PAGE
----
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level of MYC are well pre- self-esteem. Ms. Tanis also offers a pared for early intermediate piano studies, or the study of Music Pups program, which is especially unique since it is a another instrument. Sunrise is a pre-keyboard music program for babies. This music and movement program is a playful and creative music that teaches music concepts and movement class for parents through singing, rhythm and with children ages newborn to games. This program is for age 4. Children are introduced children ages 2 to 4 and devel- to a wide variety of musical ops listening awareness, fine scales, tonal and rhythm patmotor skills, social interaction, terns and instruments that help confidence and attention span. to stimulate musical growth. Children can easily attend with Each child participates at his or a grandparent or caregiver, plus her own level. To find out more siblings can attend the class as about Pups and to view class videos visit well. The Sunshine keyboard The ultimate success of any program is geared towards MYC program lies behind the children ages 3½ and 4; the teacher and Ms. Tanis is no Sunbeam keyboard program exception to that rule. It’s obvitoward ages 5 and 6; and the ous she is an enthusiastic Moonbeam keyboard program teacher who cares a great deal is for ages 7 through 9. All for her students. three keyboard programs inte“Their struggles are my grate creative movement, struggles,” she states. “And rhythm, singing, music theory their triumphs are equally triand composition for parent and umphant for me.” child in a weekly one-hour sesFor more information visit sion., email tanisParticipating in ahistorical MYC society or Institute members visit - Alma WI members were class children call 519-638-5715. guest helps speakers at the develop spring meeting of the Wellington County Historical Society. From left: Marg Hall, Helen Moffat, Ruth Grose and Pat Salter. Submitted photo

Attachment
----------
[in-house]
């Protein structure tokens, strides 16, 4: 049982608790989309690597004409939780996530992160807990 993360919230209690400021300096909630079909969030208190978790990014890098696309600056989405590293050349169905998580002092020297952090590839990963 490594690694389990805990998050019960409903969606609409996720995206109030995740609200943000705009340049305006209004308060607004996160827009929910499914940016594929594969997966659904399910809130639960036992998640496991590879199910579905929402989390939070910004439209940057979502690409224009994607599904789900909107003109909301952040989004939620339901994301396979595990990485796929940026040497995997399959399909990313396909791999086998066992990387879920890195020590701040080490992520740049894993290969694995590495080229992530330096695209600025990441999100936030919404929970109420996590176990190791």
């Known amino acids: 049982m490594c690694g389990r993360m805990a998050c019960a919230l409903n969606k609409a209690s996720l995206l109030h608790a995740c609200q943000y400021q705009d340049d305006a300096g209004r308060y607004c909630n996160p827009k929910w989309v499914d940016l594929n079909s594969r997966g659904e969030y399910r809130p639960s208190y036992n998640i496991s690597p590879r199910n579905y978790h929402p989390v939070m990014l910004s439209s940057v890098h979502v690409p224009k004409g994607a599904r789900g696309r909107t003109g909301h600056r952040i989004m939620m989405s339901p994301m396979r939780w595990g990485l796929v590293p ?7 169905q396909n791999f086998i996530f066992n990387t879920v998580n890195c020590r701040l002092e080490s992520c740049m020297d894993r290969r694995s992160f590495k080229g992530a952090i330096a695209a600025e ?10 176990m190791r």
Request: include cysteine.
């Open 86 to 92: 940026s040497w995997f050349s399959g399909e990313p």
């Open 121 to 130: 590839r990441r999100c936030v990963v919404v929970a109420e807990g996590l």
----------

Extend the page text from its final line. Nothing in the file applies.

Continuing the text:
Local hospitals conducting survey W E L L I N G T O N COUNTY - Groves Memorial Community Hospital (GMCH) and North Wellington Health Care (NWHC) are seeking public feedback on how they can better serve patients. GMCH and NWHC are gathering feedback from residents of local communi-